Text version for 'Under pressure 11-14'

In this activity, students are asked to read the stories of several young people, and think about what they would advise them to say and do. They can read advice from two young agony aunts, Keiron and Bethany, and see if they agree with their opinions.

All of the young people are finding themselves under pressure – to behave in a risky manner, or accept the risky behaviour of others. This activity encourages students to think of strategies for dealing with this type of situation, in order to keep themselves and others safer.

If you need to talk to someone about a problem yourself, visit: www.childline.org.uk

Rachel, aged 12

Two people from my class keep laughing at me for wearing a cycle helmet when I'm cycling to school. My mum says I have to and the roads are quite busy so I think it's safer to wear one. But I'm sick of the teasing.

Bethany replies:

They want to see you getting upset and bothered by their comments. They'll get bored if you don't react. If you can't ignore them, just tell them calmly that cycling is healthy and good for the environment and a helmet could stop you getting hurt, so you are going to keep cycling and keep wearing it no matter what they say. If they keep on at you, try talking to an adult that you trust about it.

Keiron replies:

They're just being dumb. Take no notice of them. You know that you're right. If you give in to them, they'll just find another reason to pick on you – it's not really about the helmet, they're just being immature.

You could try persuading other people to start cycling and wearing helmets too - that way you won't stand out so much.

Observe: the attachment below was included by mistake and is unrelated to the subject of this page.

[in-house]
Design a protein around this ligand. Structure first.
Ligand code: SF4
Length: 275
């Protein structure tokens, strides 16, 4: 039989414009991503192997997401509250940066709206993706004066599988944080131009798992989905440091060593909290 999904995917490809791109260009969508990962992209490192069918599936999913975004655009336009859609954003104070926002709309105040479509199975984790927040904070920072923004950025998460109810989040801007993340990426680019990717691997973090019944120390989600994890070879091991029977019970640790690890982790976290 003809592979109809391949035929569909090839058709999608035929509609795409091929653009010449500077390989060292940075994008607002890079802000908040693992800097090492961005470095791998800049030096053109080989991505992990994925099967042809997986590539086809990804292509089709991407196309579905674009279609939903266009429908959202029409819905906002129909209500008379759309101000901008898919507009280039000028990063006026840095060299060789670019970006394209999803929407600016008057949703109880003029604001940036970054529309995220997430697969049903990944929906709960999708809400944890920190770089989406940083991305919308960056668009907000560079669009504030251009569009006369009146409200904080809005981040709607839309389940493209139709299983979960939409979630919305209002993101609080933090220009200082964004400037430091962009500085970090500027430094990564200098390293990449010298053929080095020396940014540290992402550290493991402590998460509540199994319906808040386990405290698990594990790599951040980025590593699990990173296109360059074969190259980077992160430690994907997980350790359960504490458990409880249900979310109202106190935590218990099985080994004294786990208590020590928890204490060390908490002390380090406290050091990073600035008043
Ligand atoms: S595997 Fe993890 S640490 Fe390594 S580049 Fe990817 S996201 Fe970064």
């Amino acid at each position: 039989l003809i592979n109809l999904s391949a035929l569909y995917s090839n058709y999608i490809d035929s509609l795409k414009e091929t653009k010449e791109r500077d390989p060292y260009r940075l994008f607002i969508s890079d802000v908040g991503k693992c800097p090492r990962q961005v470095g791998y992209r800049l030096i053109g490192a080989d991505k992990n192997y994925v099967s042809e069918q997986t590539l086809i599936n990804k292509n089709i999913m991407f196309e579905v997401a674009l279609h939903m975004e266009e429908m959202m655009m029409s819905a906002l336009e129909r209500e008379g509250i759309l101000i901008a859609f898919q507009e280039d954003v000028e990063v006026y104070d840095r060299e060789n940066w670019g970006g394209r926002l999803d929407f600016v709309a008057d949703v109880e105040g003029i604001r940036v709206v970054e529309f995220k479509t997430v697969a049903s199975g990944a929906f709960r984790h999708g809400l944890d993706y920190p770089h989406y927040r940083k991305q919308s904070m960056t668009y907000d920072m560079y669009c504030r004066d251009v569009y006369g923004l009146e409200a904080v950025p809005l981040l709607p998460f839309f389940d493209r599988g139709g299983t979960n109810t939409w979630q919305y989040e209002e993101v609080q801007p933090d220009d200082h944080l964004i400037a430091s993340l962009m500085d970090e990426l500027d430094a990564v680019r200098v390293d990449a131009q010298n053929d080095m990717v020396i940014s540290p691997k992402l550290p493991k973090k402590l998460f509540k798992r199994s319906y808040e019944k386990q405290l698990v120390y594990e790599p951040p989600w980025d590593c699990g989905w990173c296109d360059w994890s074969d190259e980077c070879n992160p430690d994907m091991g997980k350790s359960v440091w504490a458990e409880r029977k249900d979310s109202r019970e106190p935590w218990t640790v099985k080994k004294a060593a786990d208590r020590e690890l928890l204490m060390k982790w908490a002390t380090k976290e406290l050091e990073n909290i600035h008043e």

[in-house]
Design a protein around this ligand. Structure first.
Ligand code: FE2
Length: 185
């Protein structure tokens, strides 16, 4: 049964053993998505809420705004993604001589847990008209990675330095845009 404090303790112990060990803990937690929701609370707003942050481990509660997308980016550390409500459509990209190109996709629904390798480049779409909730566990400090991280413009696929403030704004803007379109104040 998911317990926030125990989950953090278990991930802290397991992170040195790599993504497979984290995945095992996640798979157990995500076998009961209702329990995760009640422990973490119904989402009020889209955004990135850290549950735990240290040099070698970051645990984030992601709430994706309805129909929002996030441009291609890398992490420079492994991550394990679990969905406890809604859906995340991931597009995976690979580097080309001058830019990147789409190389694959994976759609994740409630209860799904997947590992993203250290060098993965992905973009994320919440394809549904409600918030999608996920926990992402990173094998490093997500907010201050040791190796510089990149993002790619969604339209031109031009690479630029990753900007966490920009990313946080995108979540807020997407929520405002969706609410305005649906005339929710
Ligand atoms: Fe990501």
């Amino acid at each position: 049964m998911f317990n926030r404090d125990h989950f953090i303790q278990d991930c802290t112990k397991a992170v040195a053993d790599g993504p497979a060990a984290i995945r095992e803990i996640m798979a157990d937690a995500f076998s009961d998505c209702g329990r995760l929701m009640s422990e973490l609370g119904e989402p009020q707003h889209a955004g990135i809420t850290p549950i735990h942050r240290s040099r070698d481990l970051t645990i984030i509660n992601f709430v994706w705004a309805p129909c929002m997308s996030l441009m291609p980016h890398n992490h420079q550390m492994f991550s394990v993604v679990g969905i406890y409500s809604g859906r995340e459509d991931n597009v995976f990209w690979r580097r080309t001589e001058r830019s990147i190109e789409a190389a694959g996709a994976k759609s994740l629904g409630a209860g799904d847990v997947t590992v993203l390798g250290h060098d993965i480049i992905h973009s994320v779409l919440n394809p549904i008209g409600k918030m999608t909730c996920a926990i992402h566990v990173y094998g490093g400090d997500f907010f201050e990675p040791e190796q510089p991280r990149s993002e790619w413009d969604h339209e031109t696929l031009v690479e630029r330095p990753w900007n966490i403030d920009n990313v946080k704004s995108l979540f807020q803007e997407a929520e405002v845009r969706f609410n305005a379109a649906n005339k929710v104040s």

Joe, aged 13

Yesterday I was out with my mates, and we were going to the park. There's this really busy road, and my friend Idris put his hand up to stop the traffic and walked straight out. Everyone followed, so I just ran out too. I felt stupid after though – we could have been hurt. And one of the drivers was shouting stuff at us.

Keiron says:

Idris was being an idiot. You might get away with that sort of behaviour most of the time, but what about that one time that you don't? And it only takes one time.

You're relying on the driver to stop, but do you really want to put your life in the hands of a stranger? What if they're going too fast to stop? What if they're not concentrating and they don't even see you?

If the others want to risk their lives, let them - just go your own way and meet them there.

Bethany says:

I'm learning to drive at the moment and I would be so scared if you and your mates just stepped out in front of me. I would've shouted at you too!